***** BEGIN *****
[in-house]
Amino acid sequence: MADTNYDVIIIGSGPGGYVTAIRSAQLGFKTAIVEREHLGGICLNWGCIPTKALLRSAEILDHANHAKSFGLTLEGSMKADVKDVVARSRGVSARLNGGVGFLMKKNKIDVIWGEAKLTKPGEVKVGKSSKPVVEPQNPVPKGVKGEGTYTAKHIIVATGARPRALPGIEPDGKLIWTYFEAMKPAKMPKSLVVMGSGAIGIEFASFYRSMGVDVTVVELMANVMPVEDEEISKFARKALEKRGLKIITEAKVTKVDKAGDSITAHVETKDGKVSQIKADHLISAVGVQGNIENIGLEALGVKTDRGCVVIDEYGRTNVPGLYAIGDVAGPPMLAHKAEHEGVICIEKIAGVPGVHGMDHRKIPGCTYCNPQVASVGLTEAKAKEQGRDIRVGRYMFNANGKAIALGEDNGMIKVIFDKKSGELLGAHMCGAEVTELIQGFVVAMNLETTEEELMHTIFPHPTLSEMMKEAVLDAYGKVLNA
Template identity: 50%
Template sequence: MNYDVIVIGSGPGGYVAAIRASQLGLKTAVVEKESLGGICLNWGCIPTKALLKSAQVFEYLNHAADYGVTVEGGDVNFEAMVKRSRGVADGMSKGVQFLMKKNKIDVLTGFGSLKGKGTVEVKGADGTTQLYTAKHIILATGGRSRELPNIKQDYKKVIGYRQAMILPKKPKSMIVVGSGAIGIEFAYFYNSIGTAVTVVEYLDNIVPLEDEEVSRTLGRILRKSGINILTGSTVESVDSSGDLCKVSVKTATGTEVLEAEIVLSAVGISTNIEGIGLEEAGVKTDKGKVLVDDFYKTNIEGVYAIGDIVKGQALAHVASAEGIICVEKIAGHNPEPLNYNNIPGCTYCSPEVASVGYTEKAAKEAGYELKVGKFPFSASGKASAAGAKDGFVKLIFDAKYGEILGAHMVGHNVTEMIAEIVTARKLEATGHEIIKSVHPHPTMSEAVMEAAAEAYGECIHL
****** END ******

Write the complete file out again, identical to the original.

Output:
[in-house]
Amino acid sequence: MADTNYDVIIIGSGPGGYVTAIRSAQLGFKTAIVEREHLGGICLNWGCIPTKALLRSAEILDHANHAKSFGLTLEGSMKADVKDVVARSRGVSARLNGGVGFLMKKNKIDVIWGEAKLTKPGEVKVGKSSKPVVEPQNPVPKGVKGEGTYTAKHIIVATGARPRALPGIEPDGKLIWTYFEAMKPAKMPKSLVVMGSGAIGIEFASFYRSMGVDVTVVELMANVMPVEDEEISKFARKALEKRGLKIITEAKVTKVDKAGDSITAHVETKDGKVSQIKADHLISAVGVQGNIENIGLEALGVKTDRGCVVIDEYGRTNVPGLYAIGDVAGPPMLAHKAEHEGVICIEKIAGVPGVHGMDHRKIPGCTYCNPQVASVGLTEAKAKEQGRDIRVGRYMFNANGKAIALGEDNGMIKVIFDKKSGELLGAHMCGAEVTELIQGFVVAMNLETTEEELMHTIFPHPTLSEMMKEAVLDAYGKVLNA
Template identity: 50%
Template sequence: MNYDVIVIGSGPGGYVAAIRASQLGLKTAVVEKESLGGICLNWGCIPTKALLKSAQVFEYLNHAADYGVTVEGGDVNFEAMVKRSRGVADGMSKGVQFLMKKNKIDVLTGFGSLKGKGTVEVKGADGTTQLYTAKHIILATGGRSRELPNIKQDYKKVIGYRQAMILPKKPKSMIVVGSGAIGIEFAYFYNSIGTAVTVVEYLDNIVPLEDEEVSRTLGRILRKSGINILTGSTVESVDSSGDLCKVSVKTATGTEVLEAEIVLSAVGISTNIEGIGLEEAGVKTDKGKVLVDDFYKTNIEGVYAIGDIVKGQALAHVASAEGIICVEKIAGHNPEPLNYNNIPGCTYCSPEVASVGYTEKAAKEAGYELKVGKFPFSASGKASAAGAKDGFVKLIFDAKYGEILGAHMVGHNVTEMIAEIVTARKLEATGHEIIKSVHPHPTMSEAVMEAAAEAYGECIHL